Share this post
Fintech Nikulipe, a Fintech company creating and connecting Local Payment Methods to access Emerging and Fast-Growing Markets, wants to redefine the term “Financial Inclusion” and provide consumers in Emerging Markets with wider access to global e-commerce.
In the last few years, financial inclusion has become widely recognized as one of the most important engines of economic development. With the World Bank considering financial inclusion as one of its key goals in the coming years, Frank Breuss, CEO of Nikulipe, a Fintech company creating and connecting Local Payment Methods to access Emerging and Fast-Growing Markets, says that there is much more to the term than is widely assumed since financial inclusion does not necessarily mean access to global e-commerce.
Major progress has been made in the past decade in bringing more financial inclusivity, and Local Payment Methods (LPMs) have been at the forefront. Kenya, one of Africa’s most technologically advanced countries is one example. With 96% of households owning a mobile money account, mobile payments are the most widespread LPM. This number is higher than the average in other Sub-Saharan Africa countries, entailing that local and regional e-commerce merchants are leading the way. However, access to more global e-commerce, encompassing global merchants is still stagnating.
Frank Breuss notes that there is a large number of people in emerging markets who have disposable income and want to join the world of global e-commerce—purchase products and services from international merchants and be financially included in this sense.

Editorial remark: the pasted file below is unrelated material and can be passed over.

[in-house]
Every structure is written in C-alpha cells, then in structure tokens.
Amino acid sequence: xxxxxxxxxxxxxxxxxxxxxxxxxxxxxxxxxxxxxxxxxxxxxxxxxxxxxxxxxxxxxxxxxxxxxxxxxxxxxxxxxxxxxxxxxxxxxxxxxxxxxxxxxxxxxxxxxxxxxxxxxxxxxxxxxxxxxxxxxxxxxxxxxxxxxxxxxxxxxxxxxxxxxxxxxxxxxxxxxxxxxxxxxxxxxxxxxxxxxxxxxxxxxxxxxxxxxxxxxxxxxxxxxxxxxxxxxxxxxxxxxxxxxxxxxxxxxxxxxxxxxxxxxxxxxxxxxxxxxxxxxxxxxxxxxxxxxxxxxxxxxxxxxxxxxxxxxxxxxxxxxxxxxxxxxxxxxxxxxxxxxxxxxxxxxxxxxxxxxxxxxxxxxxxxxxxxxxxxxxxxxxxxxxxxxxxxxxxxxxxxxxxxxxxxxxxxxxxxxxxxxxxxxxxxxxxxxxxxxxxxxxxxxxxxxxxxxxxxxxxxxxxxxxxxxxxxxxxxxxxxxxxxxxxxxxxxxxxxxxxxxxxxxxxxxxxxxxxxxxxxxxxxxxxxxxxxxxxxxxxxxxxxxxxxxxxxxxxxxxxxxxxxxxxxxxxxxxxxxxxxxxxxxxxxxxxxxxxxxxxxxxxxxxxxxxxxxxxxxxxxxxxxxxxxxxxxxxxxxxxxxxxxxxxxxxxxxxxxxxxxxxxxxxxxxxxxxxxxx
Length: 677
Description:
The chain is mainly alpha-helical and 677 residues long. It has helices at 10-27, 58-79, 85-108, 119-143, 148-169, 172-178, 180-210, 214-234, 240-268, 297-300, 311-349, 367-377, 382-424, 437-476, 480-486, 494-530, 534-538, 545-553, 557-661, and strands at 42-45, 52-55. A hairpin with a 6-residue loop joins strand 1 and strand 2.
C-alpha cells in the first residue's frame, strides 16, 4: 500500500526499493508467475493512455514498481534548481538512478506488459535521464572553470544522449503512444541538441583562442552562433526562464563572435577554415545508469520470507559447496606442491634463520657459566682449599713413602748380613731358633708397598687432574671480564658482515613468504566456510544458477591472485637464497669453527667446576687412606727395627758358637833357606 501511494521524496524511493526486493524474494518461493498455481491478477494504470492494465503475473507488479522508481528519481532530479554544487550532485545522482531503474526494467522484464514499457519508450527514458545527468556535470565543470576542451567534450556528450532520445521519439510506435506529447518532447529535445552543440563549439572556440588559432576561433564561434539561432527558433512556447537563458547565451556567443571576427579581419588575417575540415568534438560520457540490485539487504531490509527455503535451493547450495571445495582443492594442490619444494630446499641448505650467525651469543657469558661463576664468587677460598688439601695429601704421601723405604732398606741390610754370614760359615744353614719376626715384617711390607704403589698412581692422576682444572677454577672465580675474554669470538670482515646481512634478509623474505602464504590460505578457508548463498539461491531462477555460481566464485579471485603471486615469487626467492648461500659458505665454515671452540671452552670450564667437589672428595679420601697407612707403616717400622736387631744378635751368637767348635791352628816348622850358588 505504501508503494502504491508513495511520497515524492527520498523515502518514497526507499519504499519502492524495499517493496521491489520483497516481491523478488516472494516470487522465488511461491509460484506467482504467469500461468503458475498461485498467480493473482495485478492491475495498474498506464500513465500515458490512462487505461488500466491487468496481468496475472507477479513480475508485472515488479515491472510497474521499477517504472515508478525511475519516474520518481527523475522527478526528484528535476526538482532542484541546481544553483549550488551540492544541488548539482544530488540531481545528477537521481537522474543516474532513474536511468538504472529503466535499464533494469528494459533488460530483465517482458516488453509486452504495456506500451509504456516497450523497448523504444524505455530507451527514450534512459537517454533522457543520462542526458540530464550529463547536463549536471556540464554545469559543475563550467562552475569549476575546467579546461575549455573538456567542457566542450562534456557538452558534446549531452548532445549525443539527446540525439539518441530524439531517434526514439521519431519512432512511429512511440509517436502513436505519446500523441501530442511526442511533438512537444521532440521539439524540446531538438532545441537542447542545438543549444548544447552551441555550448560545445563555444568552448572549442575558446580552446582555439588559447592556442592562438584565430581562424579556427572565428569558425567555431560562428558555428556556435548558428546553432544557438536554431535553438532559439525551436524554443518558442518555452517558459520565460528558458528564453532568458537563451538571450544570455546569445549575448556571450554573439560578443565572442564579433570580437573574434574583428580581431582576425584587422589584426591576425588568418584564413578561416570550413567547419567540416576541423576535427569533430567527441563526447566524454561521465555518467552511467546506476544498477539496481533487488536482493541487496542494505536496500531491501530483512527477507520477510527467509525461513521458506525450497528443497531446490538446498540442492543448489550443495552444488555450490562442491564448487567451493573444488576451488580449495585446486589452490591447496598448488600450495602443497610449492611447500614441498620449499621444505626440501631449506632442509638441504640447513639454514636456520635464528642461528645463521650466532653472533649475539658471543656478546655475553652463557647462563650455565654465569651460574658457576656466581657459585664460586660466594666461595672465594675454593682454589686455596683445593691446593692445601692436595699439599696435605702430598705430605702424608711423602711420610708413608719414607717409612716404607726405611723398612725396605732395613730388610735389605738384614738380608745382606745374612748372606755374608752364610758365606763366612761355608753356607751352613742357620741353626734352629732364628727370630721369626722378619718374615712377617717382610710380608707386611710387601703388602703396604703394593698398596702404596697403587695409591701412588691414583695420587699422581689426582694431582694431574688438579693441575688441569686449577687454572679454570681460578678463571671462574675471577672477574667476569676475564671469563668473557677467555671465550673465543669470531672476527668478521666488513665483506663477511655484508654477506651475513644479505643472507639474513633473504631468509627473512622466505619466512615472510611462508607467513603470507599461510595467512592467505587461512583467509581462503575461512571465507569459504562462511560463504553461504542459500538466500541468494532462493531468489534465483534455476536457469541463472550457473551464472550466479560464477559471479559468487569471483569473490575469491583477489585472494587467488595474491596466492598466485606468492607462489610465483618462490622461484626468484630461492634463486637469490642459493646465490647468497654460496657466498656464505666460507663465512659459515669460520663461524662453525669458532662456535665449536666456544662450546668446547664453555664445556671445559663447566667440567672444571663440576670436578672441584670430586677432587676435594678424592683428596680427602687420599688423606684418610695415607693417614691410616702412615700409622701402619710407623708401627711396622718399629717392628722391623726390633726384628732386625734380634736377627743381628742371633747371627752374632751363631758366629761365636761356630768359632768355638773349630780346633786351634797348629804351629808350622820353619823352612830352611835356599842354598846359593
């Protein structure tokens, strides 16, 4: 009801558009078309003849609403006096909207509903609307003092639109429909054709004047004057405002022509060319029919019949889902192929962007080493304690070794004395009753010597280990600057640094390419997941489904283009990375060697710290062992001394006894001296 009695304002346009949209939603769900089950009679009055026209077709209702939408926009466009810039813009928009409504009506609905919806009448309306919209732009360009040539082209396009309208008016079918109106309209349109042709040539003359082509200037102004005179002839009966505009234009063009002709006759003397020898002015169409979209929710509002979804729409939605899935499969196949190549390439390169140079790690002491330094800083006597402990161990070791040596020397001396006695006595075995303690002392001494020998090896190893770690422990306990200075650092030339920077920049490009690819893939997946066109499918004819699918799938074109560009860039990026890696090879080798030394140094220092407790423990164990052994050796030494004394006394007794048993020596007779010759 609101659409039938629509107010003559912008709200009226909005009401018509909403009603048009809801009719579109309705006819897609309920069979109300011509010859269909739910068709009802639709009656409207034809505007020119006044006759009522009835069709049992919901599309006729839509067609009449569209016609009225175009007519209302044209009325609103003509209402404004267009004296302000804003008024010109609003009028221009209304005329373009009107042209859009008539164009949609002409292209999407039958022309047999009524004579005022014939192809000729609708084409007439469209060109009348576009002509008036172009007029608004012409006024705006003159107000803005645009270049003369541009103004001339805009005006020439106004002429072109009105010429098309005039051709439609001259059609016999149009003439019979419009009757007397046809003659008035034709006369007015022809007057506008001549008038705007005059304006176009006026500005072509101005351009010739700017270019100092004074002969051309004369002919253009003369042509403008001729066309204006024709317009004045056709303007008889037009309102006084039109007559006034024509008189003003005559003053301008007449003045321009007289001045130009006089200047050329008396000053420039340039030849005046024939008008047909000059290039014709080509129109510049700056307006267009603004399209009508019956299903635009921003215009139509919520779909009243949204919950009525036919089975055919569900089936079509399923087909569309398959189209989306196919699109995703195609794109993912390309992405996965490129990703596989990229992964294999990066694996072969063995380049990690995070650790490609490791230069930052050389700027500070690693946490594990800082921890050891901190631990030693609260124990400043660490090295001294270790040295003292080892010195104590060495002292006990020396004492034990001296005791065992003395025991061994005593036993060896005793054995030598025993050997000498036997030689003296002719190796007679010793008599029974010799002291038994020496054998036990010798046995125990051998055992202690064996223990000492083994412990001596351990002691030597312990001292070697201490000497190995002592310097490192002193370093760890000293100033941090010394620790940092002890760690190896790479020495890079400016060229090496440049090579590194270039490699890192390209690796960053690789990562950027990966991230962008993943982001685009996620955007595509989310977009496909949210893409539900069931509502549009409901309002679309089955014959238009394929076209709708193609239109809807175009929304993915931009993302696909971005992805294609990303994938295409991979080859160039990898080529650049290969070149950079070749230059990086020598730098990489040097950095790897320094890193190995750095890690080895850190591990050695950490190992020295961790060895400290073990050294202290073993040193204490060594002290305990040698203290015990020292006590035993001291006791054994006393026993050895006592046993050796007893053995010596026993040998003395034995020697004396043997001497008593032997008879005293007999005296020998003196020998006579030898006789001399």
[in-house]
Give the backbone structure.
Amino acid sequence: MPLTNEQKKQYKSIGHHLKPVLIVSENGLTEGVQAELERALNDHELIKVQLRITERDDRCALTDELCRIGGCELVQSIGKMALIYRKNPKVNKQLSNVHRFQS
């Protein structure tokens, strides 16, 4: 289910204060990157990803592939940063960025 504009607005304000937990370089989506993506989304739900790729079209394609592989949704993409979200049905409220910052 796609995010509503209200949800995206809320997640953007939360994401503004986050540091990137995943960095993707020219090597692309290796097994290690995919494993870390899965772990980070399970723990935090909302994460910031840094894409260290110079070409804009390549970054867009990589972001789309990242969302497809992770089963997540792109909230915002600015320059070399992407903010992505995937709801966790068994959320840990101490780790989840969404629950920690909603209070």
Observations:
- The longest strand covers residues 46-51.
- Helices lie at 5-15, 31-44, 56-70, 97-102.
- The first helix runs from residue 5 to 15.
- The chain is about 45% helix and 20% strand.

“While the majority of people in Europe and North America have bank accounts and, therefore, access to credit or debit cards, this is not the case in many emerging markets. Here, often 50% or more of the population does not have the opportunity to use traditional banking. Consequently, they often cannot make purchases with international online merchants who, in many cases, primarily offer card or bank transfer as payment options.”
In Emerging Markets, access to online payments is usually restricted to Local Payment Methods (LPMs, also referred to as Alternative Payment Methods). These LPMs are essentially payment options that do not include the use of bank transfers or major credit cards. According to Breuss, while some domestic or regional online retailers do accept such mobile-money solutions, like M-Pesa and Airtel Money in Africa, international merchants do not yet do so.
He also notes that the problems which are holding back growth in fast-growing and emerging markets have been around for years.
“Country-specific legislation, currency restrictions, as well as logistics, are among the key issues hindering e-commerce growth. One of the key ways to accelerate wider inclusion in global e-commerce is through local know-how. This way, the complexity of entering Emerging Markets for global Merchants, as well as Payment Service Providers, can be reduced.”
Breuss adds that there is a real window of opportunity—financial inclusion can be accelerated with the right partnerships and approach to payment complexities in fast-growing and emerging markets. Connecting existing Local Payment Methods into a single network, for example, could speed up the process immensely, which is one of the main drivers behind Nikulipe’s goal—to provide unified LPM access for global merchants, so that consumers in emerging markets could be included in international e-commerce.
There are still markets and countries that have little coverage of LPMs—or where those LPMs are not automatically available to everybody yet. That said, bringing more unified access to Local Payment Methods by breaking them out of their domesticity, can further increase spread and usage, bringing both broader inclusion and e-commerce growth to the markets.